March 20, 2014
By Jim Moore
The winter snowpack of Switzerland’s Silberhorn flashed past below as Brian Drake filmed, just a few feet away from fellow wingsuit skydiver Dan Vicary. They were in freefall, decelerated just enough by the material stretched taut between arms and legs to give them a measure of control and extend the glide a few minutes. Drake’s cameras keep Vicary in frame for the duration of the drop, and the footage has been well-received by the online community of extreme sport enthusiasts—most of those who respond to voting buttons declare it “epic.”
As it happened, Epic TV, an online video service dedicated to extreme sports, had paid for the helicopter from which the pair had jumped, on a mission to share their extreme brand of aviation with armchair enthusiasts and athletes alike.
Drake and Vicary, who is from New Zealand, have teamed up with French wingsuit aviator Vincent Descols to produce a series of adrenaline-packed videos. They have completed, but not yet published, another video shoot, darting down a glacial canyon and through a gap that narrows to about 12 feet.
Drake said there is method behind the seeming madness, and preparation that has been under way for years. While conceding there is “inherent risk,” he said the real thrill comes not from racing past rocks, inches from certain death, but experiencing “that sheer sensation of flight.”
“The danger and being scared part is something you put up with for the reward of being able to feel this freedom, soaring around,” Drake said. He also aims to make this variety of skydiving more understandable to the public at large, even those who would never dream of jumping off a cliff. Online video is helping in that regard, he said.
“We’re sort of reaching the stage, not exactly yet, when it’s becoming less of a stunt and more of a sport,” Drake said in a telephone interview from France.
Pilots rehearse and plan formation flights in exacting detail, and Drake said much the same is true for the “Black and Orange” team. Descols studied the glacier for three years, Drake said, before the recent flight was attempted. They study detailed topographical maps (and even Google Earth) to understand the lay of the land. They spend hours “dirt diving” before each freefall, rehearsing the flight path and moves in much the same way aerobatic pilots will rehearse their routines before flight.
“You just do that over and over again,” said Drake, who has about 1,200 wingsuit flights under his belt. “Once you’re in the air, there’s no second chances or guesswork.”
Throat microphones allow radio communication in flight between the cameraman and the subject, though Drake said they have worked out a monosyllabic vocabulary—in part because talking moves Drake’s helmet, to which cameras are mounted, and he hates to mess up a good shot.
Drake has aviation in his blood. The son and grandson of pilots, he grew up thumbing through the pages of AOPA Pilot, looking at the airplanes. But his own inspiration came more from the movie “Superman,” and dreams of flying that way led him to take up skydiving in 2006. Wingsuits were a natural progression from there, he said.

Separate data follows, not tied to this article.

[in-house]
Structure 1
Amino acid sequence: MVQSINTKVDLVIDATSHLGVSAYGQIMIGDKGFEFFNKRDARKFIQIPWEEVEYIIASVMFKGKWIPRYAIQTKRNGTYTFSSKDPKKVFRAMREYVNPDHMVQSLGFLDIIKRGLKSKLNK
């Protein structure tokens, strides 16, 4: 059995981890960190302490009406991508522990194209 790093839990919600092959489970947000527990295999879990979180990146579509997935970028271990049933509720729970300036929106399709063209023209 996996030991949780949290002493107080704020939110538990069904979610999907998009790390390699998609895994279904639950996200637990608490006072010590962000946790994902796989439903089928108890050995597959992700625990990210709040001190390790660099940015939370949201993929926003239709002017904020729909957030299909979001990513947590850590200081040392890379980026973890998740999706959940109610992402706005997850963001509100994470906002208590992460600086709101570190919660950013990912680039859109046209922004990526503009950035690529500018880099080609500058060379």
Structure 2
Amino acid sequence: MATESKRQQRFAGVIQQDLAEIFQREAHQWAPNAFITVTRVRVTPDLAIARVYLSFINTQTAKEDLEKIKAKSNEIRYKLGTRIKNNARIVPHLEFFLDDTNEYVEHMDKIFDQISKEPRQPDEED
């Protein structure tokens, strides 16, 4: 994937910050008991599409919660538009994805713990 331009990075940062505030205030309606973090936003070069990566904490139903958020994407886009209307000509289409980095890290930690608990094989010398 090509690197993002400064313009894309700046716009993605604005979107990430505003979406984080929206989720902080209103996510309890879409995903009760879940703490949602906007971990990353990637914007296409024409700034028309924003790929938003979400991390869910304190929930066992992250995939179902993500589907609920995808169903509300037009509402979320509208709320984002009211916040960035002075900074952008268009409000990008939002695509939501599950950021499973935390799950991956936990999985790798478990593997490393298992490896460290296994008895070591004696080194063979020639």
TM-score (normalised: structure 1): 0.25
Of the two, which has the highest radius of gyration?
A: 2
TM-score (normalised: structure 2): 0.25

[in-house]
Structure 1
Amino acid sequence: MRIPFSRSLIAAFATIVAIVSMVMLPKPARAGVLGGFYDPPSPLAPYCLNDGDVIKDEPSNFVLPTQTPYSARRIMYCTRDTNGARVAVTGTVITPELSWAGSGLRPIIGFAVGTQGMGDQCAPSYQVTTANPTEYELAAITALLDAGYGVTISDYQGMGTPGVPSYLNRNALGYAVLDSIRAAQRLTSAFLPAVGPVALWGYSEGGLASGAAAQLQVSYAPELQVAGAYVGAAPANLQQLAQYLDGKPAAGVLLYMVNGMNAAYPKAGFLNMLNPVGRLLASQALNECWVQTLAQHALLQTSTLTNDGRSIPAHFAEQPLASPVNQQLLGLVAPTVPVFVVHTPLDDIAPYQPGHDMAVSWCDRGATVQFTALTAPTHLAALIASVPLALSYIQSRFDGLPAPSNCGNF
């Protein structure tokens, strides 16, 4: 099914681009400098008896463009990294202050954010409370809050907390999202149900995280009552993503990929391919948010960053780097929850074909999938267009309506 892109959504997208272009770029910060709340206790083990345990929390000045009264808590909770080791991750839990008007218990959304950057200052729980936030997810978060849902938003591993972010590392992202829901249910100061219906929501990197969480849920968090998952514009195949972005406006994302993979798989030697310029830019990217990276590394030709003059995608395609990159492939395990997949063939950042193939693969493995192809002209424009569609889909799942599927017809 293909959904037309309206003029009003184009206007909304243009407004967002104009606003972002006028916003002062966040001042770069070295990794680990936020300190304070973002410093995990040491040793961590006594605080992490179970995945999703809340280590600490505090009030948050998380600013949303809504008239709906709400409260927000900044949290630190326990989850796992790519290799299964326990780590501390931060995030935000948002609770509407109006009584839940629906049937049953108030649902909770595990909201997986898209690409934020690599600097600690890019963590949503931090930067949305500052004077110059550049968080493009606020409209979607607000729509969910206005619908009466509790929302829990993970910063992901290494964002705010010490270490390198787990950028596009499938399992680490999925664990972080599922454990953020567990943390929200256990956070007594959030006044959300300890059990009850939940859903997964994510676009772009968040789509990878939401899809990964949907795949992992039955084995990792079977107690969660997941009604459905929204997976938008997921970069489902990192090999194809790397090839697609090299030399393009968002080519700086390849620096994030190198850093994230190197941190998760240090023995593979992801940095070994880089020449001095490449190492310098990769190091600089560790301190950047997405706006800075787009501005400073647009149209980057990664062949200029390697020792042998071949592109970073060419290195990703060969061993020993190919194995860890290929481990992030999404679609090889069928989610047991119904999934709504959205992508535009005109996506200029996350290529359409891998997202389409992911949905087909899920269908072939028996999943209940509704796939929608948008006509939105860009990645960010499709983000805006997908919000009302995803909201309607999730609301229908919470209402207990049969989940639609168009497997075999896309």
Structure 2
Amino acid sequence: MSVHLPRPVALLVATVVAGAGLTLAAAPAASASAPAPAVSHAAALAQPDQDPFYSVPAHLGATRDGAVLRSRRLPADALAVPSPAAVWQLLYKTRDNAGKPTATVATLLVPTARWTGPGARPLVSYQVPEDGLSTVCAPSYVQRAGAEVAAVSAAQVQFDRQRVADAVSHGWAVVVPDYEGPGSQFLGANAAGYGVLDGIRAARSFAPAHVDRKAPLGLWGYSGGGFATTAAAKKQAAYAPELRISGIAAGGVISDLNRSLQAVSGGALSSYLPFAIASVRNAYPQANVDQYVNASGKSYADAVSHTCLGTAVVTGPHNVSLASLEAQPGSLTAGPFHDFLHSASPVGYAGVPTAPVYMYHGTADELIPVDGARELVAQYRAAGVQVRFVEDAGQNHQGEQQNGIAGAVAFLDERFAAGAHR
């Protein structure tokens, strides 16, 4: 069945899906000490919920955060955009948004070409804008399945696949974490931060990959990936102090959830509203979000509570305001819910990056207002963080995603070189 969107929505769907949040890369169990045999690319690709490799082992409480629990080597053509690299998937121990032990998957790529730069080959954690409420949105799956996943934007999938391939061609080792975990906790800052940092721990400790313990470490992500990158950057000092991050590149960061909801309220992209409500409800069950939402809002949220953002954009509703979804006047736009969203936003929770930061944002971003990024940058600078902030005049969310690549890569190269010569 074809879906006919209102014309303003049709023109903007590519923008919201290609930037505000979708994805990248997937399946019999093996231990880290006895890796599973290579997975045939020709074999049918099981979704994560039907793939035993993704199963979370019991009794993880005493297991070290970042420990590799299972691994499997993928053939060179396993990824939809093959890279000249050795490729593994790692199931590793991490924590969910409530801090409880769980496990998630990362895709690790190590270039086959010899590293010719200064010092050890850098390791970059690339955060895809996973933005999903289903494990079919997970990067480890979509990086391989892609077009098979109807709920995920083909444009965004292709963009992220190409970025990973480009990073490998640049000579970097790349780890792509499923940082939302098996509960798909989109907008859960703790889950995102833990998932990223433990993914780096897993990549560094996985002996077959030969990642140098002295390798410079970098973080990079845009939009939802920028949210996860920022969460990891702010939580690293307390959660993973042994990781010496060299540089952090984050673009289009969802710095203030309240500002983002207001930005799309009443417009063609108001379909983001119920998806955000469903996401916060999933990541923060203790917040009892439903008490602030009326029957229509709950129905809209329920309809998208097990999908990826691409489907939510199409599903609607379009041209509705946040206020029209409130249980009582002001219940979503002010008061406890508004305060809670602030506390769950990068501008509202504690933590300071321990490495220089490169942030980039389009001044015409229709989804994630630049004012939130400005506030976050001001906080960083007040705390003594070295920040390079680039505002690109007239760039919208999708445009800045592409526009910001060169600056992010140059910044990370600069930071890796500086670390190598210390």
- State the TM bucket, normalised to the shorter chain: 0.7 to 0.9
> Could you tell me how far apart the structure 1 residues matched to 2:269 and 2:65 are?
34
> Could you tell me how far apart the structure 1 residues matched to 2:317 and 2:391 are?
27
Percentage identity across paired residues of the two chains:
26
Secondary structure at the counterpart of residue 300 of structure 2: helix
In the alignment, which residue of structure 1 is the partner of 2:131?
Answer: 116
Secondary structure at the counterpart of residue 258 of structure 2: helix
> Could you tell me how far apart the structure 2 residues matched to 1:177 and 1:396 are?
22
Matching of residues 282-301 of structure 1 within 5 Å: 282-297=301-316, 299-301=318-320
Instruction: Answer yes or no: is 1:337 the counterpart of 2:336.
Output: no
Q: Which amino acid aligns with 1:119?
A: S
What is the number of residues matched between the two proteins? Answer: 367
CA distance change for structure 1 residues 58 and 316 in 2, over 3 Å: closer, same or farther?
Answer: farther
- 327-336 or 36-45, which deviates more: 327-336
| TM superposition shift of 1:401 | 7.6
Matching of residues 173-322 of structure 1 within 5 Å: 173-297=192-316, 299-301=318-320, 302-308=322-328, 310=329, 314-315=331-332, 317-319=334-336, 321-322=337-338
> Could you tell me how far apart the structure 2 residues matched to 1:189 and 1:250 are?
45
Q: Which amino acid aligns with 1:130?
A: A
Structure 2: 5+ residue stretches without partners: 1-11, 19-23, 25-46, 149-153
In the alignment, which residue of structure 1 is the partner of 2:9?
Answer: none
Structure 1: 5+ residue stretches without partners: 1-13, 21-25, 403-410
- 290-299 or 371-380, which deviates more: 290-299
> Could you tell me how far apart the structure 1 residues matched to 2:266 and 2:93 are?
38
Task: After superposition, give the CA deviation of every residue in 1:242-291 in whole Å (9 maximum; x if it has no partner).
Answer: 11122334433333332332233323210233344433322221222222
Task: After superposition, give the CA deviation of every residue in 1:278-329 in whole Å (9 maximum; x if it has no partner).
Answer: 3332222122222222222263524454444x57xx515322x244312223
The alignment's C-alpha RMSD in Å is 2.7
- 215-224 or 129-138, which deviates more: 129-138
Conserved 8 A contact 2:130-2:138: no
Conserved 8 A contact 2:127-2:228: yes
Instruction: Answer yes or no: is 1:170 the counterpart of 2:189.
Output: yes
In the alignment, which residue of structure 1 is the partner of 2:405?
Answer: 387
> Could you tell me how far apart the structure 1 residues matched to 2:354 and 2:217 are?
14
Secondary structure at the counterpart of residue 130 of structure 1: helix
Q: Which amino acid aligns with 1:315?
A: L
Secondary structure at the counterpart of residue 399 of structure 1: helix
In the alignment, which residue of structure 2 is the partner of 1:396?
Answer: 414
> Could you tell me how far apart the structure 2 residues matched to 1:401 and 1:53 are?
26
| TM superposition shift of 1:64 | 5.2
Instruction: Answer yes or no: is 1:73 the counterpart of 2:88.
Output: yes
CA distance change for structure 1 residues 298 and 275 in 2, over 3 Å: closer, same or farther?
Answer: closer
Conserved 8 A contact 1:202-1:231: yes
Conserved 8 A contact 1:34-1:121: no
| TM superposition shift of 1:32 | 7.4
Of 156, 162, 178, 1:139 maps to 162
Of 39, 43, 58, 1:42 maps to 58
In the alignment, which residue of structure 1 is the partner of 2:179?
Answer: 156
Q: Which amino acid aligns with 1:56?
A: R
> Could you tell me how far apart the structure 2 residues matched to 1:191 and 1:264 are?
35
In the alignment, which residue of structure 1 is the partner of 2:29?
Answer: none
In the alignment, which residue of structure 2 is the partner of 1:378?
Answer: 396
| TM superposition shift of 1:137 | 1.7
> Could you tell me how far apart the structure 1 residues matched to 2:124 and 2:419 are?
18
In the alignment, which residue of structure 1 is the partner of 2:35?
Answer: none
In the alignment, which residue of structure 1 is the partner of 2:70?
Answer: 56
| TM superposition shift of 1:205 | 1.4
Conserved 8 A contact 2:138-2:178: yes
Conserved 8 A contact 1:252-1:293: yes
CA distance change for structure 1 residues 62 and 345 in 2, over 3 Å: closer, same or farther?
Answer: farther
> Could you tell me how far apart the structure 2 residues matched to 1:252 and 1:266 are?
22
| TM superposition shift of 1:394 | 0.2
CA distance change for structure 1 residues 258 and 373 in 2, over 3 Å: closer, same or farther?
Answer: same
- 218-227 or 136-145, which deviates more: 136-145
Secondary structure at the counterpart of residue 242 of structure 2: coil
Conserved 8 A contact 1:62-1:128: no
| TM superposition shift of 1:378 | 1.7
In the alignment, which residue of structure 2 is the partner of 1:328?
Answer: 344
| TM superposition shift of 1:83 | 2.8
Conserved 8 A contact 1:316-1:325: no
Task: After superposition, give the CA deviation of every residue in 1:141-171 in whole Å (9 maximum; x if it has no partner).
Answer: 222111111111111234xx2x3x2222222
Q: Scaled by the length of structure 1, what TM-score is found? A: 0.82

“It really connects with me on my desire to experience human flight,” Drake said. It is a challenging brand of flight, and difficult to master. The wingsuit itself restricts freedom of movement, making the ultimate parachute deployment a little more challenging than in traditional skydiving, Drake said. Over time, a wingsuiter builds up muscles in the arms and shoulders for steering, and eventually the skill to fly in loose formation with another, cameras rolling.
Drake said he quit working as a software developer and moved to Europe in large part because there is freedom to fly (without an airplane) throughout the continent, whereas federal authorities have outlawed the activity within U.S. national parks, home to the most scenic and wingsuit-appropriate terrain.
“Most of the really beautiful and majestic cliffs that I want to fly off of, I can’t,” Drake said, whereas in Europe, “you can land right next to a policeman and he’ll give you a high five, because you’re not doing something wrong.”
Drake said he plans to eventually hang up the wingsuit and start a family. The risks of wingsuit flying (particularly when done so close to terrain) would not sit well with him as a husband and father, he said, though he was quick to emphasize that it’s a very personal decision, and he can certainly appreciate the view of others who may feel differently.
But for the time being, he said, “we’re pushing the envelope,” and bringing the joy of flight—and the thrill of flashing past cliff faces at more than 100 mph—to a wider audience.
AOPA Online Associate Editor Jim Moore joined AOPA in 2011 and is an instrument-rated private pilot who enjoys competition aerobatics.
Movies and Television,
As the cold weather chills AOPA’s Headquarters in Frederick, many of us are inside generating new resources for flying clubs.
In my house, every Friday night is “Movie Night.” While the movies are rarely educational (I don’t think I learned anything from the Lego Movie), we look forward to the weekly opportunity to spend time together. Why not use the same concept for your Flying Club (with the addition of education, of course)?
The Aircraft Spotlight feature looks at an airplane type and evaluates it across six areas of particular interest to flying clubs and their members: Operating Cost, Maintenance, Insurability, Training, Cross-Country, and Fun Factor.
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